Pathfinder service found that CyberGold incentives produced up to 13
times more click-through responses than conventional Web banner ads.
Proof enough that the concept of paying cash to people who respond to
advertising on the Internet can be effective.
The overwhelming reason why companies pay consumers to view
electronically delivered ads is that, compared with traditional
advertising, it is extremely cheap. The average direct mail paper piece
costs about 35p to produce, while its e-mail equivalent costs no more
than a couple of pence. If it will guarantee a reading, however brief,
then there’s a good argument for paying the consumer to do so. HT Mail
is offering consumers 5p for every e-mail read and 10p for visiting the
The incentive for consumers is straightforward: Internet use can be an
expensive business - both in terms of annual connection fees and
telephone bills - and, if the medium offers some way to recoup these
charges, why not take advantage of it?
Since its launch, HT Mail has signed up more than 1,500 members and the
company claims to be acquiring new members to the service at the rate of
between 50 and 70 a day. But Broadway concedes that there is still a
long way to go before the company can begin to compete with the sheer
size of lists held by the established list rental and direct marketing
specialists. He also points out that ’advertisers are unlikely to be
interested in our e-mail list until we can offer a broader sample of
Most responsible advertisers have already begun the process of acquiring
the e-mail addresses of their customers and prospects, and have realised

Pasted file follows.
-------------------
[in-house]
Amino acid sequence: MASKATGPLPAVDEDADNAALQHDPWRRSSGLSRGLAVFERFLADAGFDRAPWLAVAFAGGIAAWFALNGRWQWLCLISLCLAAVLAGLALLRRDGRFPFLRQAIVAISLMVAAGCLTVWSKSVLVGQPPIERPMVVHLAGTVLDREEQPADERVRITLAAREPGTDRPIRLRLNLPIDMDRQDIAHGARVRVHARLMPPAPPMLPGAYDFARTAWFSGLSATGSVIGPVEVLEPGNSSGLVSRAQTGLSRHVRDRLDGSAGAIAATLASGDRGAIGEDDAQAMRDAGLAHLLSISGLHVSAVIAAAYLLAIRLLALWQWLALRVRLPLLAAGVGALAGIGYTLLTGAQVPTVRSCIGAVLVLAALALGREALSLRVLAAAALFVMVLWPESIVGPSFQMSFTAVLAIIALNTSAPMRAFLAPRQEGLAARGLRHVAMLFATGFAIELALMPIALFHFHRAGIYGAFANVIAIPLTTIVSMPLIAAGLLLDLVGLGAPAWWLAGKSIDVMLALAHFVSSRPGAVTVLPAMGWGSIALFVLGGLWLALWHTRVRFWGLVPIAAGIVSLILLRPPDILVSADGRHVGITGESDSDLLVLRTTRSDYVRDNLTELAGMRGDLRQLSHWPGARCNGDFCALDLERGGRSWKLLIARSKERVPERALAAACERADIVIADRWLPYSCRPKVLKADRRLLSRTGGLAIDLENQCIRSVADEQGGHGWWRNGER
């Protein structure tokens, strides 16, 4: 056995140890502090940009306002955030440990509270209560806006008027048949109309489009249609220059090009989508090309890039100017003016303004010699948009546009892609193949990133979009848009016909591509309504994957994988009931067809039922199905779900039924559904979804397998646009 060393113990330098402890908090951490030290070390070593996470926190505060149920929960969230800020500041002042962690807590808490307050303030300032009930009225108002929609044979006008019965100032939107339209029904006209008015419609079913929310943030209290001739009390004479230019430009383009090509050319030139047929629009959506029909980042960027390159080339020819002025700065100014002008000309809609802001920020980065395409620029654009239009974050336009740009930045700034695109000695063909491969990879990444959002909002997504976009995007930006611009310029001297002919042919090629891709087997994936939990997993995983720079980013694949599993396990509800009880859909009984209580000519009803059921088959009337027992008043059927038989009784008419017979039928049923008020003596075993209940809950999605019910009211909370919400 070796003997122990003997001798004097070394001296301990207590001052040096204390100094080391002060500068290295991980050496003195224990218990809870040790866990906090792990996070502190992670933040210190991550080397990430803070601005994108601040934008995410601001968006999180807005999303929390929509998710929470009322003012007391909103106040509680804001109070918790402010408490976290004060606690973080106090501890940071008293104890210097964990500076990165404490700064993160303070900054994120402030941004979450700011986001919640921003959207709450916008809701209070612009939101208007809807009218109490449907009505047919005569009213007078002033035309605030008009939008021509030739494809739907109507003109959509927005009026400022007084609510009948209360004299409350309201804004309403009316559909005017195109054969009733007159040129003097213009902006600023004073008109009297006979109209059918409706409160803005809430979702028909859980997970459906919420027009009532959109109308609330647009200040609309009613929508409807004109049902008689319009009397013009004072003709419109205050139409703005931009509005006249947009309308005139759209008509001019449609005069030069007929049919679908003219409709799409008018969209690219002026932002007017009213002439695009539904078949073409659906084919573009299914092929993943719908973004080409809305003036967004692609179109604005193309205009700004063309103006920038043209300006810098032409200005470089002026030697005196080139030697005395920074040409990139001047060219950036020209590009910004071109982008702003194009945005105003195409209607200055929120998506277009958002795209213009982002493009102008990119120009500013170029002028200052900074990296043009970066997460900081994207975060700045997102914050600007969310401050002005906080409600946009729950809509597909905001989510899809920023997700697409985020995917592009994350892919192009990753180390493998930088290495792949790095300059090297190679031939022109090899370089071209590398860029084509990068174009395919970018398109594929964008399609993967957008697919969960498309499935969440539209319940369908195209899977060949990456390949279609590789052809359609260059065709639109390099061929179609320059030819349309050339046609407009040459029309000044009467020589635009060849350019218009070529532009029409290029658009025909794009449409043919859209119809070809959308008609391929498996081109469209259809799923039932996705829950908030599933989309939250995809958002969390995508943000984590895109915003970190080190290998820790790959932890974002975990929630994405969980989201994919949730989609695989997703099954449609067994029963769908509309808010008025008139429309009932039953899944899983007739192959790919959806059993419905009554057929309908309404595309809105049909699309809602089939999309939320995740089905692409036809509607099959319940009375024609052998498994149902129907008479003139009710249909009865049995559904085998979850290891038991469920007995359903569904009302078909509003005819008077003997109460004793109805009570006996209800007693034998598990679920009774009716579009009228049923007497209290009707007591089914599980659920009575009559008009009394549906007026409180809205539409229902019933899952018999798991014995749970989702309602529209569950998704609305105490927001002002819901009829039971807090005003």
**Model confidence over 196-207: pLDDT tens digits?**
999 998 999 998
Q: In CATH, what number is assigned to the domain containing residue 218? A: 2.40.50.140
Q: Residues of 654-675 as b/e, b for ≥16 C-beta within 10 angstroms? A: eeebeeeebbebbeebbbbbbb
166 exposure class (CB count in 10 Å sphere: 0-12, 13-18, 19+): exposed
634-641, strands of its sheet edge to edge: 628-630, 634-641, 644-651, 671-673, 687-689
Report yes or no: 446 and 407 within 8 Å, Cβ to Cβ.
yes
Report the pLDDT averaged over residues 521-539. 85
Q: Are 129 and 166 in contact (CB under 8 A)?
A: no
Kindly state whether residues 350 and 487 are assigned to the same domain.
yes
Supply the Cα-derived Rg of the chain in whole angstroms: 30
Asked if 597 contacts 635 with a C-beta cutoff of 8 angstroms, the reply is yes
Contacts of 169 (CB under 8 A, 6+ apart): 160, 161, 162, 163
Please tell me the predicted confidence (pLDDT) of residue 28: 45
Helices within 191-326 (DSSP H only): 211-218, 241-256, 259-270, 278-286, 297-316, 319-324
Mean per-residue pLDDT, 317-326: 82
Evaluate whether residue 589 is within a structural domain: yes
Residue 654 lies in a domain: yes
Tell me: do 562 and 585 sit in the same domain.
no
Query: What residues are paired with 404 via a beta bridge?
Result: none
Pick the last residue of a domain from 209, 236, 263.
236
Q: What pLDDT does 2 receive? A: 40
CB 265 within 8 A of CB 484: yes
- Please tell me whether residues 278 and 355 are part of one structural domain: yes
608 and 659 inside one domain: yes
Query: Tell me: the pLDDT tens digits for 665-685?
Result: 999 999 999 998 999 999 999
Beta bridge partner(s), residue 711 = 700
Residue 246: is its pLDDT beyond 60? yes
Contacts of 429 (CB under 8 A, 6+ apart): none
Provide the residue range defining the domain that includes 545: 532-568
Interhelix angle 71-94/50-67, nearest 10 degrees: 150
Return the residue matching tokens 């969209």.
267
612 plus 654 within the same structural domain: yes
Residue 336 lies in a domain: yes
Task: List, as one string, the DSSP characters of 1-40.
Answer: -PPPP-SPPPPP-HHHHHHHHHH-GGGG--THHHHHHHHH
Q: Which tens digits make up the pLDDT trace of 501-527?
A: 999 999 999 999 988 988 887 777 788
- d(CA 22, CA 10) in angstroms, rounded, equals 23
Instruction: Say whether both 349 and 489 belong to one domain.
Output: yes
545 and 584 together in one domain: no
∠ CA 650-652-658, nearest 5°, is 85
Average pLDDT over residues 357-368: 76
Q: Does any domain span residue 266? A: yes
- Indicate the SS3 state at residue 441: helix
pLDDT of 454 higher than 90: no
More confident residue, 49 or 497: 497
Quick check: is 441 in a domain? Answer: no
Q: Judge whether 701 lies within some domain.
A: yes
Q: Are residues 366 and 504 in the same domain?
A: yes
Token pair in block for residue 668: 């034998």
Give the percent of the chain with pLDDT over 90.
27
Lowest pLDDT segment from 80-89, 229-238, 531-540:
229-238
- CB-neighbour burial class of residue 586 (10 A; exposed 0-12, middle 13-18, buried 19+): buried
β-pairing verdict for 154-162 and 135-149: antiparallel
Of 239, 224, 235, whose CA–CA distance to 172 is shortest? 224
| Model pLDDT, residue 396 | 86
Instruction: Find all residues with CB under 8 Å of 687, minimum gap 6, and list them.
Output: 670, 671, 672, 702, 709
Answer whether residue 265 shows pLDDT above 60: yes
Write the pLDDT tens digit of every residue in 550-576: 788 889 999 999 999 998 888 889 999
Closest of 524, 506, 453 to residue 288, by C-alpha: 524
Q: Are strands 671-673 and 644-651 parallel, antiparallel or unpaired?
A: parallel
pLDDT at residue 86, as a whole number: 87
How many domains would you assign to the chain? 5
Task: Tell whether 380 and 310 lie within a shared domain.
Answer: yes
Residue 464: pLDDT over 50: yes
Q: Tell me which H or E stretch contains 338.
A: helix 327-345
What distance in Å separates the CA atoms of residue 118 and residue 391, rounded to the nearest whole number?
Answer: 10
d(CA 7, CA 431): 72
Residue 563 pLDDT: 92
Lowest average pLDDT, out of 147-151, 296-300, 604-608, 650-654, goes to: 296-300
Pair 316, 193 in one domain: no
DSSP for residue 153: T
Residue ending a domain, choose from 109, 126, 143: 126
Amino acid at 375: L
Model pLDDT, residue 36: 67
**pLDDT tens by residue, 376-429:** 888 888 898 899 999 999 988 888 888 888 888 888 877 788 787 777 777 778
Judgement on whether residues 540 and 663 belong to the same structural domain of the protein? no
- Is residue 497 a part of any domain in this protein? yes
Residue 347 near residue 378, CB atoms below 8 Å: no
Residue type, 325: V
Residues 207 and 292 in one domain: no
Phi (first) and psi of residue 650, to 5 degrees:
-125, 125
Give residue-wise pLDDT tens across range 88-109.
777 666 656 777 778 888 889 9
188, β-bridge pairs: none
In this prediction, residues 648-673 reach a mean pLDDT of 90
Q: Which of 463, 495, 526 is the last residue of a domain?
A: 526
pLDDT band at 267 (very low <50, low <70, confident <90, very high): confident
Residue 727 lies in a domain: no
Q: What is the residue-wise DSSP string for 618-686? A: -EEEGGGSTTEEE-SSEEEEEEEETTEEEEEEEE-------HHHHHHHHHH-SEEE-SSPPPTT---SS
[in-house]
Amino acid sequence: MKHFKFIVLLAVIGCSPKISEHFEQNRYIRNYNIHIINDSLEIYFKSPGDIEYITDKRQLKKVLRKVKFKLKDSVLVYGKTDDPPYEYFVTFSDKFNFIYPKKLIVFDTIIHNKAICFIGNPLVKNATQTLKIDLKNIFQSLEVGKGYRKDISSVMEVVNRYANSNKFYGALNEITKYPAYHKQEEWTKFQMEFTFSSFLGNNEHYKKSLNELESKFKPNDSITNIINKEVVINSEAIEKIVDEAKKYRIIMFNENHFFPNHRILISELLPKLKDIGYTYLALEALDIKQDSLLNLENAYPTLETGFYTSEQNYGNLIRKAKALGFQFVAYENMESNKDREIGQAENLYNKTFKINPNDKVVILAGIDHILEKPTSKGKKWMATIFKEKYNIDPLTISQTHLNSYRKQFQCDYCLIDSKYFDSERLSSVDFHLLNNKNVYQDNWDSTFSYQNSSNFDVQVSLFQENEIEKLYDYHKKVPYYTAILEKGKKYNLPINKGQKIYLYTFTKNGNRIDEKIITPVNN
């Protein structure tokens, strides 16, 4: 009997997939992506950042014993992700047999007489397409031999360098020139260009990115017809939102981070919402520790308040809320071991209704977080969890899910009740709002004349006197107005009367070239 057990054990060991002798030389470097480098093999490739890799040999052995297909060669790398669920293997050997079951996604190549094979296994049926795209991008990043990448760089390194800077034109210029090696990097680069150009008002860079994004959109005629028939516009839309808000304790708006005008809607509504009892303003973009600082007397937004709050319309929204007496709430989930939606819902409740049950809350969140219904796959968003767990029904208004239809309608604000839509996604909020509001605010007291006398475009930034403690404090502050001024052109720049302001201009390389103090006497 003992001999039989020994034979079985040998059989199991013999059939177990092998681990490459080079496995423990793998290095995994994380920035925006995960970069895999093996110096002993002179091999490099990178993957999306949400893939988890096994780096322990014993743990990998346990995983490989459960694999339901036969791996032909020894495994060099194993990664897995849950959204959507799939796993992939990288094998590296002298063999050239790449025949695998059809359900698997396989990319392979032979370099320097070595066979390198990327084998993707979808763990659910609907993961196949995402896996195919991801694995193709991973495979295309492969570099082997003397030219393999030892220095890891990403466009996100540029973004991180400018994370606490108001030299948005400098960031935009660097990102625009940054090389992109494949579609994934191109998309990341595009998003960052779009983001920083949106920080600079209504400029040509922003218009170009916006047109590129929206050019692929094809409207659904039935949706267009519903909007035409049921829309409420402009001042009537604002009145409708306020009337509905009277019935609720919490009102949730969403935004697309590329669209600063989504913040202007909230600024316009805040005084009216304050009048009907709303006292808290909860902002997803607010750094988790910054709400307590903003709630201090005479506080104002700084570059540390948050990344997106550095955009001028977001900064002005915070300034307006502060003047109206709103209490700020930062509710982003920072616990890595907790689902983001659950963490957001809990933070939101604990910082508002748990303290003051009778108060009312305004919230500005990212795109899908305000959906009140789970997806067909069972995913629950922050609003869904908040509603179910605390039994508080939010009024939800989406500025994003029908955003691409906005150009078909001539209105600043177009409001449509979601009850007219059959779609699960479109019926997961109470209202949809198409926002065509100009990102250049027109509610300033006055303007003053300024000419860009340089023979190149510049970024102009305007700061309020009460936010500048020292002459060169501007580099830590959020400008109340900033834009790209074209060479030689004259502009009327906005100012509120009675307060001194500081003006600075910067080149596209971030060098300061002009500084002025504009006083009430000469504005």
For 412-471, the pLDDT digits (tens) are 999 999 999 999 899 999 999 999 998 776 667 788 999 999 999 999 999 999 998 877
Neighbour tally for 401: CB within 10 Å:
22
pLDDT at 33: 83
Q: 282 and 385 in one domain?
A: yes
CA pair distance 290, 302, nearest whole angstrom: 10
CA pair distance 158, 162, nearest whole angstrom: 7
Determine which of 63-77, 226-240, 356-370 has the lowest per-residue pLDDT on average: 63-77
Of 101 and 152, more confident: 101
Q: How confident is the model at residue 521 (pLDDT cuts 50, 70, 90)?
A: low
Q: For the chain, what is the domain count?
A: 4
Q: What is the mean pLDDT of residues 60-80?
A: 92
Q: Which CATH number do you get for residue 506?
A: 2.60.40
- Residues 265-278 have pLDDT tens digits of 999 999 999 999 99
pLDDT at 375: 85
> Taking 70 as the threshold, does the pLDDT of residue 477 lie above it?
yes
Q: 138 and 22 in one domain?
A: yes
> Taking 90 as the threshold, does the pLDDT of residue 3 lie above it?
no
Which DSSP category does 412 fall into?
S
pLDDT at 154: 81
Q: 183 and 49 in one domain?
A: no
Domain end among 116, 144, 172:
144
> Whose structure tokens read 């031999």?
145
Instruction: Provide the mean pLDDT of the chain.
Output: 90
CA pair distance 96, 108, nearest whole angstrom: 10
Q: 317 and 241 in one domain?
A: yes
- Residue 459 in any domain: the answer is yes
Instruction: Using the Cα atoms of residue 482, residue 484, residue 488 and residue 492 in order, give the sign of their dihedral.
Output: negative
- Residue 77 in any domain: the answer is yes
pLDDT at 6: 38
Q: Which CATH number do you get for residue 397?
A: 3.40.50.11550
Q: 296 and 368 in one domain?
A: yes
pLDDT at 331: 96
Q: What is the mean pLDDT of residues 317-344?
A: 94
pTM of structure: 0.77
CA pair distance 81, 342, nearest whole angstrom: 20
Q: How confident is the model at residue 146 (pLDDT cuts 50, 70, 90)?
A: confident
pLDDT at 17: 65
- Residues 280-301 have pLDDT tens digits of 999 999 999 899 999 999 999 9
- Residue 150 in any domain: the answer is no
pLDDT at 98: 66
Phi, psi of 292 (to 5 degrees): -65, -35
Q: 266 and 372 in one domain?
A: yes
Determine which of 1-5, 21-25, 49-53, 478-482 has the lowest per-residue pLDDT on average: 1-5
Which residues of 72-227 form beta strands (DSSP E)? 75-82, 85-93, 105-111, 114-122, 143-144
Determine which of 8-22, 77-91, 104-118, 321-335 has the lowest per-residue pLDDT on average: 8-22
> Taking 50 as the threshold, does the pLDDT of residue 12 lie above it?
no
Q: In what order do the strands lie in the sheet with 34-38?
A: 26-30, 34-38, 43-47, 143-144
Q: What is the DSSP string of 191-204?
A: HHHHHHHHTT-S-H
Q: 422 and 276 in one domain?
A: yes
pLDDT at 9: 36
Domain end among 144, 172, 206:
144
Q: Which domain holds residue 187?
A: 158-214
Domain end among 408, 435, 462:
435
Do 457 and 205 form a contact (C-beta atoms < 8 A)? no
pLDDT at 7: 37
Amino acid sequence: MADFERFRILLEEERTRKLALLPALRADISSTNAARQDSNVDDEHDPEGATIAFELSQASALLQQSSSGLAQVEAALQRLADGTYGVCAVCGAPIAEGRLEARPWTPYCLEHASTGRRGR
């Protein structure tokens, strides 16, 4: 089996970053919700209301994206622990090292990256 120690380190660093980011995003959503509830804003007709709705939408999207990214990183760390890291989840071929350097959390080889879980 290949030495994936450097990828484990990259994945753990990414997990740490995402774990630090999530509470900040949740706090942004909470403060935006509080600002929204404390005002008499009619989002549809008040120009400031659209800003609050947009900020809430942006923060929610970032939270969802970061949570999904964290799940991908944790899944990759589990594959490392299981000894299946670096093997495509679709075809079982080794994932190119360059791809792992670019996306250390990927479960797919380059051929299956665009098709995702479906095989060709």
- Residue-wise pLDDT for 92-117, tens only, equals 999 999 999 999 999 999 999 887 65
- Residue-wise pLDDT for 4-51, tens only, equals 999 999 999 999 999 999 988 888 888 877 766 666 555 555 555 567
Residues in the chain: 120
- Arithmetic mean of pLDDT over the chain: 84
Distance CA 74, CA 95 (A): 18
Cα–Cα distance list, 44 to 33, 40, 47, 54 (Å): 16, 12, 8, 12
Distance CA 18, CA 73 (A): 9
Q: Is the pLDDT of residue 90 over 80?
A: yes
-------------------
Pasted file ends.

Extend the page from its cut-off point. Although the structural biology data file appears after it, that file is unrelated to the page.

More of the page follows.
that it doesn’t make sense to bombard them with advertising
Furthermore, if the Mailing Preference Service is anything to go by,
advertisers who make use of unsolicited e-mail advertising know that
their only legal requirement is to remove the e-mail addresses of users
who have signed up to the E-Mail Preference Service - knowing that this
is likely to be the few rather than the many.
As Mark Dickinson, managing director of Index Finger, points out: ’HT
Mail is very brave to attempt to introduce such a scheme. There’s no
doubt that it is an innovative solution to the problem of advertising
I just hope that HT Mail has very deep pockets.
’I can see this type of scheme working but it’s more likely to be in
five years’ time than in the next five months.’
HOW IT WORKS
HT Mail compiles its hit list via its Website. Consumers complete an
application offering advertisers criteria from which to target
The operation hinges on the use of specific codes within all advertising
e-mails and sites promoted through the service. Members supply HT Mail
with all the codes they have received or viewed that month and payments
Members earn 5p for each e-mail received and 10p for each site visited.
Money is generated from the charges for advertisers who pay 1p for the
rental of each name, 6p for each e-mail received and 12p for each site
visited. If consumers receive five e-mails a day and visit five sites,
they are likely to earn pounds 15 to pounds 20 a month.